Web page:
Did you feel at, at any point that you didn’t want to play music or that you were too ill?
 
No. It got to the stage where I was struggling with playing the flute and the piano, because my piano teacher even says now she says, “Now Stephanie, you’re playing as like a different person ‘cause you’ve the strength behind you now,” she said, “Whereas when you were ill you couldn’t hammer it out on the piano [laughs],” and then my flute, I would get really light-headed playing so I wasn’t, I wasn’t, because I stand when I play the flute.
 
And I wasn’t able to do that for very long, so then, but then that was when I got taken back in, so that kind of all sorted itself.
 
But it was quite interesting because when I was in hospital, you know, I would go to the person next door and I’d say, “Look, if you don’t want to hear me playing, just come and knock on my door,” I was like, I really don’t mind. But everybody says, “No we love hearing you play,” they says, “It’s great, you know,” and the cleaners used to just come along and walk past the door just to listen and everything, so it, it, everybody seemed to enjoy it which was quite good, useful for me so.
 
 

Steph used to exercise obsessively in hospital even with the nasogastric tube in. She had sores...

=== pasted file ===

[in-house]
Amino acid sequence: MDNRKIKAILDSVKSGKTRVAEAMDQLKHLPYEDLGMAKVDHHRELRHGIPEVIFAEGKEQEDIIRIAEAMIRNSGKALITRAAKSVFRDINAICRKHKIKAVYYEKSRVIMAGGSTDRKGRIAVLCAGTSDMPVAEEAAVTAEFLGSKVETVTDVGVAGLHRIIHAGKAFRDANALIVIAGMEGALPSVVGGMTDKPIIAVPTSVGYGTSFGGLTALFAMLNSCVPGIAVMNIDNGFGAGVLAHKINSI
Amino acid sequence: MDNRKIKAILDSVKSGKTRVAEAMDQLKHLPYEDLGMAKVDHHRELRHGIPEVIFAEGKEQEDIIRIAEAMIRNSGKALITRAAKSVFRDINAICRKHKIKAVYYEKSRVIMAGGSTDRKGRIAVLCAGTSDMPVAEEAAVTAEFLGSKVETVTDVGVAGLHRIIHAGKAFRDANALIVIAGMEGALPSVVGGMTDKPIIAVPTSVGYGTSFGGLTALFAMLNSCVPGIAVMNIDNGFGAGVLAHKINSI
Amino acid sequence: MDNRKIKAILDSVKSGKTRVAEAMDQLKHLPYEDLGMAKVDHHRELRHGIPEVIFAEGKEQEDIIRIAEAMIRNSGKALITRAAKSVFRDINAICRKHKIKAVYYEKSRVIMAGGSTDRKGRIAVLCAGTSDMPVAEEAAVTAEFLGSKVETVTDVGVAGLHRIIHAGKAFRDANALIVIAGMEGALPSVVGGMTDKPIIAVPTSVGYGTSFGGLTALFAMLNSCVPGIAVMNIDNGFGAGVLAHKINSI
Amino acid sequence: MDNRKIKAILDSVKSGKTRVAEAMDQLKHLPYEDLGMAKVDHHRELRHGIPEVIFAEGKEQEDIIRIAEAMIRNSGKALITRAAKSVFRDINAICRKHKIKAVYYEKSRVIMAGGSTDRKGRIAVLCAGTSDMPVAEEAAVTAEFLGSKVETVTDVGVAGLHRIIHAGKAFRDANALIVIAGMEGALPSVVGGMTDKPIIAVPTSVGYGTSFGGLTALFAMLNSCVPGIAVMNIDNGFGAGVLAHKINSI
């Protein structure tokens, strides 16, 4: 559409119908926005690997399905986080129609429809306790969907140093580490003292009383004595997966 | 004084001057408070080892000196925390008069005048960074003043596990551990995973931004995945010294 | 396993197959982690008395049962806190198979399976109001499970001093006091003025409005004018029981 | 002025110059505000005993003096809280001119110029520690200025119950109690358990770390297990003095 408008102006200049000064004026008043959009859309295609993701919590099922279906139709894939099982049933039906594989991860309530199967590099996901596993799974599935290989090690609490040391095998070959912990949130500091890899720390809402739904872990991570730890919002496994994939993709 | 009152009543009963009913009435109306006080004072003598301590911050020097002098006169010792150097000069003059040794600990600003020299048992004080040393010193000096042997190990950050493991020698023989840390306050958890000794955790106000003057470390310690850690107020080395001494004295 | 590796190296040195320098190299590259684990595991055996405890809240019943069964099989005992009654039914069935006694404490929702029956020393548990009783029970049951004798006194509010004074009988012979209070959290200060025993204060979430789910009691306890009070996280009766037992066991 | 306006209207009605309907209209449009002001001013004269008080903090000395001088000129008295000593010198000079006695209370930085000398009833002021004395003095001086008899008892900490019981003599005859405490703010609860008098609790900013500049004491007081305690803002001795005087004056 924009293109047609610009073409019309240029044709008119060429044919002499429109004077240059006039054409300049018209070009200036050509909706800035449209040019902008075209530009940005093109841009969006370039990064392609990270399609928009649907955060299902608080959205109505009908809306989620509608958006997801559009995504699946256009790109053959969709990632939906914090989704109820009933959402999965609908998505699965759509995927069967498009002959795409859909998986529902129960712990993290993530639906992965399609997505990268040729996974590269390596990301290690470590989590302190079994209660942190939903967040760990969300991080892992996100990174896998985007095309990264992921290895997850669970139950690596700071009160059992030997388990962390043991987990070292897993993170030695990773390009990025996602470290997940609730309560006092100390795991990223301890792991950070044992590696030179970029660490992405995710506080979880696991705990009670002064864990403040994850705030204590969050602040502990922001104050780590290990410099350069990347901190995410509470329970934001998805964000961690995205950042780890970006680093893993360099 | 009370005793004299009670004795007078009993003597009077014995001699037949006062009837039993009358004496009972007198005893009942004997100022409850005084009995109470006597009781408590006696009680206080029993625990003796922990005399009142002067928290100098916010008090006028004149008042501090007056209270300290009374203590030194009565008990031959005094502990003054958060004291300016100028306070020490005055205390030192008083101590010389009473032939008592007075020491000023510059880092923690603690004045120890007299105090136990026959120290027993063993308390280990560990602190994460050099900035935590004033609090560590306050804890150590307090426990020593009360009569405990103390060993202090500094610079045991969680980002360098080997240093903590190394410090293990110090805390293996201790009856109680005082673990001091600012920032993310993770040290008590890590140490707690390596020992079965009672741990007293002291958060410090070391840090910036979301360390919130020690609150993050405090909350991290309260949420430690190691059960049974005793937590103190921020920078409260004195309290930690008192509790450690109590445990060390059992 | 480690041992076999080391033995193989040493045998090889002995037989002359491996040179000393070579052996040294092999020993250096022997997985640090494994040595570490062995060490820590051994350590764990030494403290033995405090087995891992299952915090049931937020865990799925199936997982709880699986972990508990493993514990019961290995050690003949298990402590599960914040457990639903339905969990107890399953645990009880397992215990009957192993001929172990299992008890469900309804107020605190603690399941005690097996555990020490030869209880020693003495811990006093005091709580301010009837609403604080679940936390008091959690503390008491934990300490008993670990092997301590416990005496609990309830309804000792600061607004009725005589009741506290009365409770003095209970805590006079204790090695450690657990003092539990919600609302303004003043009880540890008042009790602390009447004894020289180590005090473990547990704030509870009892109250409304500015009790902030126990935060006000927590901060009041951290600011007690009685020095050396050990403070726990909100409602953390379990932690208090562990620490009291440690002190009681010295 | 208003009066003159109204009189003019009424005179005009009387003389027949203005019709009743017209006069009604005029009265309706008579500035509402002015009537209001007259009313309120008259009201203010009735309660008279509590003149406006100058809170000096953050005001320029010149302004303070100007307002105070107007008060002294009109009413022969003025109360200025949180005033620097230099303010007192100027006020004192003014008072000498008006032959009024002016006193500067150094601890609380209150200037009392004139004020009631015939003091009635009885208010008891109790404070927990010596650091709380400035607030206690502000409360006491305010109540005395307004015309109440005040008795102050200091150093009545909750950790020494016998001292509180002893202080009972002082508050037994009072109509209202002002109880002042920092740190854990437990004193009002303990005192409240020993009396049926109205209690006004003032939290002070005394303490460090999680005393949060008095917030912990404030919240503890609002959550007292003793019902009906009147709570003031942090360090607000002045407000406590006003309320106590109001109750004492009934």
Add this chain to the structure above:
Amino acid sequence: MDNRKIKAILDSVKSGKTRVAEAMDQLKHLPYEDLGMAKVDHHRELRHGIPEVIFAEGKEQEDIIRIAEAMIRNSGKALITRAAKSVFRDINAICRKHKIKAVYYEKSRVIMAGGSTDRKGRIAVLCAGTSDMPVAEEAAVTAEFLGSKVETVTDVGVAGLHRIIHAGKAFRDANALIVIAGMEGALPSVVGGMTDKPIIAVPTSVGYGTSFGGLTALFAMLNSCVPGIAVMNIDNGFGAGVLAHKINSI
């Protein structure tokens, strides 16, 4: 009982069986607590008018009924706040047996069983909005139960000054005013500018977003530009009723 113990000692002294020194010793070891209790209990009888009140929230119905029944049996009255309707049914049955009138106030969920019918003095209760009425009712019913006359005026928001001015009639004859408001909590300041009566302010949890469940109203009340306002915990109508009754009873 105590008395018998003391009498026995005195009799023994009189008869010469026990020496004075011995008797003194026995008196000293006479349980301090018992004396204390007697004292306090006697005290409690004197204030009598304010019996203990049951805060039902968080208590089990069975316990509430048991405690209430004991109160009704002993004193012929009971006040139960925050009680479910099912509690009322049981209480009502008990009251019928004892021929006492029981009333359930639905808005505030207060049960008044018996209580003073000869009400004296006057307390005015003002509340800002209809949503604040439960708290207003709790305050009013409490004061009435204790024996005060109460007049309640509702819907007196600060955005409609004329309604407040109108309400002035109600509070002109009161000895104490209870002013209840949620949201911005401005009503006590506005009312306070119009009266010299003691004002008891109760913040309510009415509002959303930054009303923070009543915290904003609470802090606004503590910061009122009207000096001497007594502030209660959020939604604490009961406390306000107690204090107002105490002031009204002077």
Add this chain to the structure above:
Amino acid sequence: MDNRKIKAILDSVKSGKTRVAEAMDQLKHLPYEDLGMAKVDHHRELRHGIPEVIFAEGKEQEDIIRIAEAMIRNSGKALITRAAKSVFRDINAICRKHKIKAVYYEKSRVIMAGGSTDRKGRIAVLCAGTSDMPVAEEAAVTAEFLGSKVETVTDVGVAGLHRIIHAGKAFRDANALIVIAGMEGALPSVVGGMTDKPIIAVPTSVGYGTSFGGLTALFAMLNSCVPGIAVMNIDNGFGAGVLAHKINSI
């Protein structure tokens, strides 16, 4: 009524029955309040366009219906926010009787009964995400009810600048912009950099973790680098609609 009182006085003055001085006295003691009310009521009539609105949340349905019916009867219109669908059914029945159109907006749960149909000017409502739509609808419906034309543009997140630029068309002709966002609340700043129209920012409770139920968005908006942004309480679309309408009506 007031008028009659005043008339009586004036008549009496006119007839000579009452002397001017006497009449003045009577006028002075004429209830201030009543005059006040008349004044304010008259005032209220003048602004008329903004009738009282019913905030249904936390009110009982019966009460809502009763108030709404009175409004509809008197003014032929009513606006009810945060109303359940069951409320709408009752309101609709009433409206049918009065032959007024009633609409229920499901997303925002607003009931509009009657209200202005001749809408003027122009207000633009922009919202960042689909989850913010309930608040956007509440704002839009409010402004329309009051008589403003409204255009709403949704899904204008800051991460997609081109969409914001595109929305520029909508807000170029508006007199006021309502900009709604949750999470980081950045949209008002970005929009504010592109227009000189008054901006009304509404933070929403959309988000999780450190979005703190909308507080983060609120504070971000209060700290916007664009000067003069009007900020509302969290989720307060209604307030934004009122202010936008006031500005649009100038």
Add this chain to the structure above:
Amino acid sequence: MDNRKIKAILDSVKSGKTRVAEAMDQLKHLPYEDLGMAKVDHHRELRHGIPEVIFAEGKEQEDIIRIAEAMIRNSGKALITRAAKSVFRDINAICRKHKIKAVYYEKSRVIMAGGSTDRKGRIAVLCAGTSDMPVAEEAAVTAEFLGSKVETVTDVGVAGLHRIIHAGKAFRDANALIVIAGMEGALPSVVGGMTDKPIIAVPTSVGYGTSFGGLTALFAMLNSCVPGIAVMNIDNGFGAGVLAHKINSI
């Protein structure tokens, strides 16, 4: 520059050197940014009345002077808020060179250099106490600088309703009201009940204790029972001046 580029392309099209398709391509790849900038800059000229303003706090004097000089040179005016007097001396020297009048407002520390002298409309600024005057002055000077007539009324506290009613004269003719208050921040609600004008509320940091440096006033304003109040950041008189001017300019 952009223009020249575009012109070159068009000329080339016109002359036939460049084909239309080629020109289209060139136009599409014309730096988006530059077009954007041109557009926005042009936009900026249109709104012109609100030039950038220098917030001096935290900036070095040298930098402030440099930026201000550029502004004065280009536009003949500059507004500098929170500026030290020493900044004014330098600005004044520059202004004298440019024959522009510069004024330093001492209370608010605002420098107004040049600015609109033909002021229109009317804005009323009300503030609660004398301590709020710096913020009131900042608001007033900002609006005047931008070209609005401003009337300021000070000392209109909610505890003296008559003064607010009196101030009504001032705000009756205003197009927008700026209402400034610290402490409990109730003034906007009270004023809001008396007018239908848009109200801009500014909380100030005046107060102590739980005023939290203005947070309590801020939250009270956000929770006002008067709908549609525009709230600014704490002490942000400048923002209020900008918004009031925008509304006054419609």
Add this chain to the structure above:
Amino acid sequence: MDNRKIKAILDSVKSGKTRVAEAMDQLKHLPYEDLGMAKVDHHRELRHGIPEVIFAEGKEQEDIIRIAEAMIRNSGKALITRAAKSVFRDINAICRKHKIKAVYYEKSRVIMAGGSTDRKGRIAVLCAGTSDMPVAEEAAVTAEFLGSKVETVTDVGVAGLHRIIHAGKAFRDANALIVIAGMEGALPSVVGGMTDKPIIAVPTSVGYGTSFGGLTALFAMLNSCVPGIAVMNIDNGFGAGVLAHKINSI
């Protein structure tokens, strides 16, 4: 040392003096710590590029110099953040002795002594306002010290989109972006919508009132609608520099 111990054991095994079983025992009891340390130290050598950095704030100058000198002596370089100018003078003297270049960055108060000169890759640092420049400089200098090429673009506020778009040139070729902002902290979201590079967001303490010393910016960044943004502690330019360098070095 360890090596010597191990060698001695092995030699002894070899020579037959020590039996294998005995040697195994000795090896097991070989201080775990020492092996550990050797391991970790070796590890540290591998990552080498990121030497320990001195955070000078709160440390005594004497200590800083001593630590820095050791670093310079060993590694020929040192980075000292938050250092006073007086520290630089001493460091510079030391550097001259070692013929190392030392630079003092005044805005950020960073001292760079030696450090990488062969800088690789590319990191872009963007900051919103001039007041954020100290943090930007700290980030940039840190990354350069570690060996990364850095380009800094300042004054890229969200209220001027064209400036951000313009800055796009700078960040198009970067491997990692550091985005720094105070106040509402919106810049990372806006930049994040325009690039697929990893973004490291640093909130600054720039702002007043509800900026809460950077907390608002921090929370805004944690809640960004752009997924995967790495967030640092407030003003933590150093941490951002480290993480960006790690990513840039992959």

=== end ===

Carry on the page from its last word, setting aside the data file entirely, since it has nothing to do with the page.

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I was never a sporty child at all, I hated PE, and then when I got ill, when I first started losing weight, I thought, “Right, I’m going to exercise a bit.” So I started doing sit ups , and then it became a bit obsessive really, it wasn’t healthy exercise, it was obsessive exercise, in that I would have something to eat and then I would need to do so many sit ups after it, and it eventually got to the stage, you know, where I would have to have some, my lunch or something, then the next three hours till it was snack time, I would exercise constantly until it was snack time, then I’d have a snack, then I would have to exercise till dinner time. So I didn’t have time for anything in my life, you know, I couldn’t see my friends, I couldn’t go out because I was exercising the whole time. And it got quite bad you know, when that, when I got very ill, I started getting sores on my back from like where I was doing sit ups and things and when, even when I was getting tube fed, I would still do sit ups in my room and the tube would run again, rub against my throat so my throat was burning, you know, through it and so, but I didn’t care, I just needed, I didn’t care what it was doing to me, what pain I was going through, I needed to do it. So I would do, you know, when I was at home, I would do my exercise in the house and then I would go for, you know, a three/four mile walk as well. And I mean, I’m talking when I’m life-threateningly dangerously BMI’s, how I need it I don’t know. But I find, you know, the power of the mind is incredible, and the physical pain that I was feeling was nothing compared to the mental anguish I would go through if I didn’t do it. And that’s how I think I was just so driven, and it was scary, when I look back it’s scary what I did.